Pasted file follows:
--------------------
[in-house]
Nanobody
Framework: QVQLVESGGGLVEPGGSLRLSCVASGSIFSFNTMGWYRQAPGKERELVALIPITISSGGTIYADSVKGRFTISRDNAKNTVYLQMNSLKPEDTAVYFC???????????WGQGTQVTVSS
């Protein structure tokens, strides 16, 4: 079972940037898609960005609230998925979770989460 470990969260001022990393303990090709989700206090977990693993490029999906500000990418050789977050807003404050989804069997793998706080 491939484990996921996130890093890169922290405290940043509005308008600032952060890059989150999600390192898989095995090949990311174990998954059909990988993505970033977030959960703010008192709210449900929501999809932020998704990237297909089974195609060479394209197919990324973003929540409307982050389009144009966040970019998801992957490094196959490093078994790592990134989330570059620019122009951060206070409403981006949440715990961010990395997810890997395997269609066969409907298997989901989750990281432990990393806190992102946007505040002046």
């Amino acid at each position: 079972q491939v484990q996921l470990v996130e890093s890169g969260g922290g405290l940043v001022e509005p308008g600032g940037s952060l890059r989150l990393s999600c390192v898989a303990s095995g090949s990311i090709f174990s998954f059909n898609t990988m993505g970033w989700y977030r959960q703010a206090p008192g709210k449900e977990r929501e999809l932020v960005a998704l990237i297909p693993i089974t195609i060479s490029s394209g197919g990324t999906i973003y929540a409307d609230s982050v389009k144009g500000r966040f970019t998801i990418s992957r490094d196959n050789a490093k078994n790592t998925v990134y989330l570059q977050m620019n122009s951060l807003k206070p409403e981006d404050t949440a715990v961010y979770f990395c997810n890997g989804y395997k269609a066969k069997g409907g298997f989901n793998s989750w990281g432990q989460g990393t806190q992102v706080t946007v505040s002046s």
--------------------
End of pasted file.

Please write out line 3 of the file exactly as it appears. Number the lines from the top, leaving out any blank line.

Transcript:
Framework: QVQLVESGGGLVEPGGSLRLSCVASGSIFSFNTMGWYRQAPGKERELVALIPITISSGGTIYADSVKGRFTISRDNAKNTVYLQMNSLKPEDTAVYFC???????????WGQGTQVTVSS